1. Dreadnought: Good for strumming. The notes typically melt together a little better. Probably what a noob will need.
2. Grand Auditorium/Symphony/Concert: All good for fingerpicking, etc. The smaller body makes it more comfortable and makes each note more articulate.

So again, just listen around - do you like bassy, but still articulate, or do you like warm notes that meld together - and then go and try to find the guitar that fits your style.

Hope this helps!
*le me *le forum person
#7
Agree with comfort. Go for comfort and then after comfort, play the instrument you are actually buying. Don't let them bring you out a new one in a box.

On the instrument your buying, take a tuner, and play the open note and the same 12th fret open note. Make sure the note rings the same in both spots and you don't have any fret buzz, ect.

Make sure the action is right for you, not too high.

More money doesn't mean better. For my daughters guitar we bought a used taylor at the store and it sounded better than guitars that were 300 dollars more. Figure your price range and play as much as you can in that range then decide based on what you like the best.
Last edited by boyd98 at Dec 29, 2014,
#8
Quote by boyd98
...[ ]....More money doesn't mean better. For my daughters guitar we bought a used taylor at the store and it sounded better than guitars that were 300 dollars more. Figure your price range and play as much as you can in that range then decide based on what you like the best.
I suppose that depends on the Taylor in question. Most of them would be considered a bit above "mid-line" in price to begin with. That said, we're dealing with a fair amount of depreciation with a used guitar.

I would start to worry if the used Taylor didn't sound better than some new guitars that cost more.
#9
I would just find people who have the make of guitar you're looking for, listen to how it sounds.
Strings aren't the only thing that affect sound. My favorite thing about my guitar is the wood, because as it ages, the tone of the guitar gets deeper and deeper.

You just have to hear older examples of the guitar you're looking for.
#10
Comfort's huge on an acoustic, I think, but without a setup you won't have an idea of how the action will figure in. All too common these days to walk into a store and they just pull the instruments out of the boxes and throw them up on the wall. As far as tone... well this is gonna sound bonkers but I listen with everything other than my ears. Your ears will give you that initial sound, which as stated above can sound thinner or duller because of strings and whatnot. What I do is I listen with my hands and my body. Can I feel the thing resonating? Do the overtones sustain out (kind of like a piano)? A good amp will rattle my knees a little, a good acoustic guitar will feel alive and in motion if I let the notes ring out.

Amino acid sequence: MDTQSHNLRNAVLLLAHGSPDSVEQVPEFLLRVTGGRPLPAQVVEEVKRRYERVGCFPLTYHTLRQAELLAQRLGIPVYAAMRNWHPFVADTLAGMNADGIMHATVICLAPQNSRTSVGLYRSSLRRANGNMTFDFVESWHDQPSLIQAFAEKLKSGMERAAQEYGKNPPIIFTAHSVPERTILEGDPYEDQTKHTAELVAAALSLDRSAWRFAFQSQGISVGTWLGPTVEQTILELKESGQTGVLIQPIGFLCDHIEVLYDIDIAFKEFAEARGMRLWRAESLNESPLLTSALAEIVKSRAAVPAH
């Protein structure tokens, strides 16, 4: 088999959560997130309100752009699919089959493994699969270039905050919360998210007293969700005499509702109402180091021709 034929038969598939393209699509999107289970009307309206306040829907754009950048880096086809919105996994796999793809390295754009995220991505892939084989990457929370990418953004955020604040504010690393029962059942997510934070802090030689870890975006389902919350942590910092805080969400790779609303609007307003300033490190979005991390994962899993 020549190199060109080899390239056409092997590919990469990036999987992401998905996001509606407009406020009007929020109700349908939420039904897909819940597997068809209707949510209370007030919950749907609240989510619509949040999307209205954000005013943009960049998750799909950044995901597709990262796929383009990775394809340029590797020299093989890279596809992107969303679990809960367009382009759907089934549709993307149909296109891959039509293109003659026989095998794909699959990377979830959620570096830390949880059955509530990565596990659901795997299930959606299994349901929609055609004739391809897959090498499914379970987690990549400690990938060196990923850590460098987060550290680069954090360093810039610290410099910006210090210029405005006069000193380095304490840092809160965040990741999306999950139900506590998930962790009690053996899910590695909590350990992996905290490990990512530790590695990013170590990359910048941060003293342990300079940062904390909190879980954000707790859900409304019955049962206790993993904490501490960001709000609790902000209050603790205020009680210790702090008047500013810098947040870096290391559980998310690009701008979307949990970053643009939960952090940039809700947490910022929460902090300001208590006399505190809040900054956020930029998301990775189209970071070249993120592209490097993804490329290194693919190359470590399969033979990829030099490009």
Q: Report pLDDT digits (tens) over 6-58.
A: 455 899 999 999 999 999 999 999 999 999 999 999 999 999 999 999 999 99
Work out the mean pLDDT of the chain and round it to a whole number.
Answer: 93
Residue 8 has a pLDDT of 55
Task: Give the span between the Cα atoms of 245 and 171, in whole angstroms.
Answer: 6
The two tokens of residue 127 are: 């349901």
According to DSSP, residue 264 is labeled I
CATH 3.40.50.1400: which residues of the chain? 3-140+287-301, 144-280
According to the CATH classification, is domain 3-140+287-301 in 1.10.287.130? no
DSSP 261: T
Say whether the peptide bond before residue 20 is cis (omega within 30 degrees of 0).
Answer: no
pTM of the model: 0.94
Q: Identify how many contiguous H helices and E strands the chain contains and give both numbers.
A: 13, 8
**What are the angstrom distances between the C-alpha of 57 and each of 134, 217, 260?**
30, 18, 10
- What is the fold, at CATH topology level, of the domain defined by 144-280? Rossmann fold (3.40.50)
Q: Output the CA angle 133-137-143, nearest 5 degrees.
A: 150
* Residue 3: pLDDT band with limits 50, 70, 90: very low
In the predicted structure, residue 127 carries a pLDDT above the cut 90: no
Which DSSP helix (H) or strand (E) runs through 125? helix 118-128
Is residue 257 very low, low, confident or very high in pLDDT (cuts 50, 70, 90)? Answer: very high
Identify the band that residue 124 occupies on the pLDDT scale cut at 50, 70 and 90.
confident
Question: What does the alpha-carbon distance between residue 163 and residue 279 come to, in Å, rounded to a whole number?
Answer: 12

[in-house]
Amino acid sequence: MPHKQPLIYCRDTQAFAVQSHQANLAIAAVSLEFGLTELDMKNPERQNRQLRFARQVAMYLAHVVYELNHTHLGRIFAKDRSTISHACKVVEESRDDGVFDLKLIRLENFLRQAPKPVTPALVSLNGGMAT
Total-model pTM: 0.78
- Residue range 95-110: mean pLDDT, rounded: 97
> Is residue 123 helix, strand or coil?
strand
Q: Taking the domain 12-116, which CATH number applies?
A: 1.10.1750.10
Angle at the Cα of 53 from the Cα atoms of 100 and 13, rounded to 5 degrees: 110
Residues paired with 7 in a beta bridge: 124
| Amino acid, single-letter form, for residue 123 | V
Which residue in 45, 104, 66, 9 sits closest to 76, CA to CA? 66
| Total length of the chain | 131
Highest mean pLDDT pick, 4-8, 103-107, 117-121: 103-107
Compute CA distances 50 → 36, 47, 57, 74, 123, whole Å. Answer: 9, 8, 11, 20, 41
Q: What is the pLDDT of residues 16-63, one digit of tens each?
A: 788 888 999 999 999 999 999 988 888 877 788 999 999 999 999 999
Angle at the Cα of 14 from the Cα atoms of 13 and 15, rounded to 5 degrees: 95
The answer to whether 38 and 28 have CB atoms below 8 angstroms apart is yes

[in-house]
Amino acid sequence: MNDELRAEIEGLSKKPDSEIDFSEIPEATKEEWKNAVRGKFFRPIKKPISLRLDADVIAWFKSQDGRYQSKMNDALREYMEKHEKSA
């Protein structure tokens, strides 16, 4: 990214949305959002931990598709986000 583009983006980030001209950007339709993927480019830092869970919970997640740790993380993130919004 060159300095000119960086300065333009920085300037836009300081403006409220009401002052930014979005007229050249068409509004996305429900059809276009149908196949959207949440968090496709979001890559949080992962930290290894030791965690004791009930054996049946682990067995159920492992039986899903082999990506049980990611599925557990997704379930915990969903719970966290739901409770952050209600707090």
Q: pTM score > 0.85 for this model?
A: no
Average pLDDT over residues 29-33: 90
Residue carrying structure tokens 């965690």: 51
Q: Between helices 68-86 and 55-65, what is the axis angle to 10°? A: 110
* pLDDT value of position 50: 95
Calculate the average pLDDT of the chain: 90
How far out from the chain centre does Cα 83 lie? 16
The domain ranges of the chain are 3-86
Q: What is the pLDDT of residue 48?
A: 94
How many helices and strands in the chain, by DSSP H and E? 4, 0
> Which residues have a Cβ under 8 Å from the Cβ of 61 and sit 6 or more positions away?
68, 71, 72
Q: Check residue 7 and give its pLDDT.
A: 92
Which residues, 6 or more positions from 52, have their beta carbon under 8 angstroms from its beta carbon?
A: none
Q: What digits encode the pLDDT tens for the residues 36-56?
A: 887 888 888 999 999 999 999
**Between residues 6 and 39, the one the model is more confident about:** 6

#11
I'd suggest getting something that feels good now, but don't spend too much money. It will take you a year or two (or more if you only play once a month!) to really understand what ytou want. Do a lot of reading on tone, woods, pickups, etc too. when you read about what the differences are you will start hearing things different and that will help you to figure out what you want. It may sound a bit negative, but you need to know what you like *and* what you don't like. Anything is going to have compromises, as long as you know what you are comprimising on you won't have a big surprise once you're more knowledgeable down the line and find that something you gave up becomes a big issue.
#12
Guys, .. I'm so sorry for taking so long to respond... I truly appreciate all these responses and I hope it doesn't seem otherwise when I'm quiet. I just keep learning new things and what I think I should respond and do keeps changing.

I actually went to a store on Sunday and the guy said what I'm hearing is the difference when you play very lightly.

Now I didn't think I was playing particularly lightly. Usually I'm practicing at home so I guess I do try to be not that loud... but on the guitar I'm playing NOW .. loud and soft sound the same. But on the all-solids when you play lightly you get "light resignation" which sounds weird.